Teaching Citizens: Service Learning for Political Engagement
By Dr. Catherine Gabor, Department of English and Comparative Literature, SJSU
I have always taught Professional Writing and Career Writing as service-learning classes. The fit was perfect: students composed professional documents (brochures, reports, etc.) for community partners who had neither the human nor financial resources to complete. As a California Campus Compact-Carnegie Foundation Faculty Fellow, I infused my existing class with service-learning for political engagement by setting up projects with local agencies and nonprofits that had a political or policy-making bent. The wonderful students we have in the CSU system (I have taught this class at California State University Sacramento and at San Jose State University) jumped right in to the newly-focused class, drafting high quality documents for their politically-oriented partners.
For about half of the students, the experience was transformational. For example, one student stated, “I believe writing is one of the most effective forms . . . to be politically active and a lot of decisions are made because of writing . . . not just [by] officials but [by] citizens like us.” The members of this student's group, who were writing a report on the efficacy of a sobriety program for homeless individuals, all reported feeling motivated to use writing as a means of political engagement and action in their future lives: both personal and professional. In fact, the City Manager's Office asked for copies of their resumes. Another student, who was studying to be a high school English teacher, also indicated that the experience had opened her eyes to new career options. She said that she is considering a career in youth advocacy because she could use her "English major skills," such as writing and analysis.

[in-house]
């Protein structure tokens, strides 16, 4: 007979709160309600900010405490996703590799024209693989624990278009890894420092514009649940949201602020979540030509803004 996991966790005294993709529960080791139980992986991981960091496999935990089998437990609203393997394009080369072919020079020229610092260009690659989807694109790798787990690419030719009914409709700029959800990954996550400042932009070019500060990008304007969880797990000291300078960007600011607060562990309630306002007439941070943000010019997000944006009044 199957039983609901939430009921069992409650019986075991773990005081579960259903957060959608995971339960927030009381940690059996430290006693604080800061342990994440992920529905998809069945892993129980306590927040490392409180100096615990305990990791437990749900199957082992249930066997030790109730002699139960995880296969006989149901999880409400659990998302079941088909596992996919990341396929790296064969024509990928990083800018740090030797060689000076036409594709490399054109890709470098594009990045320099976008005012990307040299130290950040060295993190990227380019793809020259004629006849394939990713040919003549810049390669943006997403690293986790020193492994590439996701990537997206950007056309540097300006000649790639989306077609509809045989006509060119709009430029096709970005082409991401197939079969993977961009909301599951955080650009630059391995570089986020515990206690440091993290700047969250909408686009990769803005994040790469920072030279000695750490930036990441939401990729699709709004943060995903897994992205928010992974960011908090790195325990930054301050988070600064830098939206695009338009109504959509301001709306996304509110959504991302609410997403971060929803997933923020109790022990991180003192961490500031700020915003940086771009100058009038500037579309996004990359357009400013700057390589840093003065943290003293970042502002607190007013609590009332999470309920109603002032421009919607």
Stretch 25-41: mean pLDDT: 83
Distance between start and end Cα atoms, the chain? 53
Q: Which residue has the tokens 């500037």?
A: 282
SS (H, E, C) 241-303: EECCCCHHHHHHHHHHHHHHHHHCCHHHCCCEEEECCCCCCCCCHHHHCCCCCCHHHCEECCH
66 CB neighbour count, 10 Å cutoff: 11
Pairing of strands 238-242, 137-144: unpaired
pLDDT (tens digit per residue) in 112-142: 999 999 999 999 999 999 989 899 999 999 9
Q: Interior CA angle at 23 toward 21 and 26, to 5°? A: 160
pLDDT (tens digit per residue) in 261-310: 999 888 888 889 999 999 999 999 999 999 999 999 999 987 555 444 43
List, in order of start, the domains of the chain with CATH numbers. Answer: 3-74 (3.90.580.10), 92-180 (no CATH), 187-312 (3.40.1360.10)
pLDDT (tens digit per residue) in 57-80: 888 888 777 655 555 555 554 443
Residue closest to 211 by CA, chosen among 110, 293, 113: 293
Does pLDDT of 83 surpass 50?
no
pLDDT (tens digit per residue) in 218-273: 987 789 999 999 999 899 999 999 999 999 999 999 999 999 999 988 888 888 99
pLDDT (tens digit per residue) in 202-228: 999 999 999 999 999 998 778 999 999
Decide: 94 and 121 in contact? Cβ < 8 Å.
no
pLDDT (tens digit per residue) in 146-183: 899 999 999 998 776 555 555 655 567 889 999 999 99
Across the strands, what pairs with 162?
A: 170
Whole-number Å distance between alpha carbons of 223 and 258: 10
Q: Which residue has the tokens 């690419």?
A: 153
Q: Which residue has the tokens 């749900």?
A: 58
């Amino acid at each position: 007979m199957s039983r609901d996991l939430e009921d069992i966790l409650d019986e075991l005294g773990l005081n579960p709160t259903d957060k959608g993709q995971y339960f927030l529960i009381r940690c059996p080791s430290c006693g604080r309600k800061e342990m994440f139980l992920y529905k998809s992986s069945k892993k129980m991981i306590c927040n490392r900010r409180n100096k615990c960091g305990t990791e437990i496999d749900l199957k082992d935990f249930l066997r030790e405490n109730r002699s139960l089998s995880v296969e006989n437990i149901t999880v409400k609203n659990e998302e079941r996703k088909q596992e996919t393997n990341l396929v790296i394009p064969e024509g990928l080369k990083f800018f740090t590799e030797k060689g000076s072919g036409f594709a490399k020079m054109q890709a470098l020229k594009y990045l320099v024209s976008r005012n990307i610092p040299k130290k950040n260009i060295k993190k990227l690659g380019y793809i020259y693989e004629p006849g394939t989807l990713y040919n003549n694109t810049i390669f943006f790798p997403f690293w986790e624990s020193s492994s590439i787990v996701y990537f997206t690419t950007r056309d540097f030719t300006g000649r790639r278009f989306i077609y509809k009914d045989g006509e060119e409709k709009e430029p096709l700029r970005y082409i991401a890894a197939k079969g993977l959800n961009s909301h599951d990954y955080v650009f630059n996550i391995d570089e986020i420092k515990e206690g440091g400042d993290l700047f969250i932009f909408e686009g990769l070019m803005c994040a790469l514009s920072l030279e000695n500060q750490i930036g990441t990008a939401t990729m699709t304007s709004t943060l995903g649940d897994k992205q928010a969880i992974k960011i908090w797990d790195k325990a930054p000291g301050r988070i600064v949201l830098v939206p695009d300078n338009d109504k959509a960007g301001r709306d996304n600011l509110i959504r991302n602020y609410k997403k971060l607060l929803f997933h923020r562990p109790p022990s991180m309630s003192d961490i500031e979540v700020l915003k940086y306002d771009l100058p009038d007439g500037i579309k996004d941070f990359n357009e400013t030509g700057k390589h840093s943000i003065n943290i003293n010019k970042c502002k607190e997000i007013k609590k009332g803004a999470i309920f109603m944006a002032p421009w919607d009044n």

To my surprise, in the end-of-semester interviews, several of the students stated that they had not learned anything about "political engagement" through writing. I was shocked. I thought that my "bookends" approach would solidify the writing assignment/service-learning/political engagement connection: early in the semester the students defined political engagement --in class discussion and in a short paper; then, at the end of class, they wrote reflective papers, defining themselves as rhetorical citizens and referring to their writing projects as evidence of their citizenship. While this approach turned some students on to civic and political engagement in amazing ways, some of the students never felt the connection.
Thanks to the suggestions of my colleagues in the California Campus Compact-Carnegie Foundation Faculty Fellows group, I now include a mid-semester activity: each student group has to explain how their project is political and/or connected to policy-making. During this class session, the other students and I ask questions and help them articulate the connections between their writing projects and political engagement.
While I have been a long-time practitioner and researcher of service-learning pedagogy and a politically-engaged person, this fellowship has given me the opportunity to combine the strands of who I am, helping me live my life as a teacher-scholar-citizen.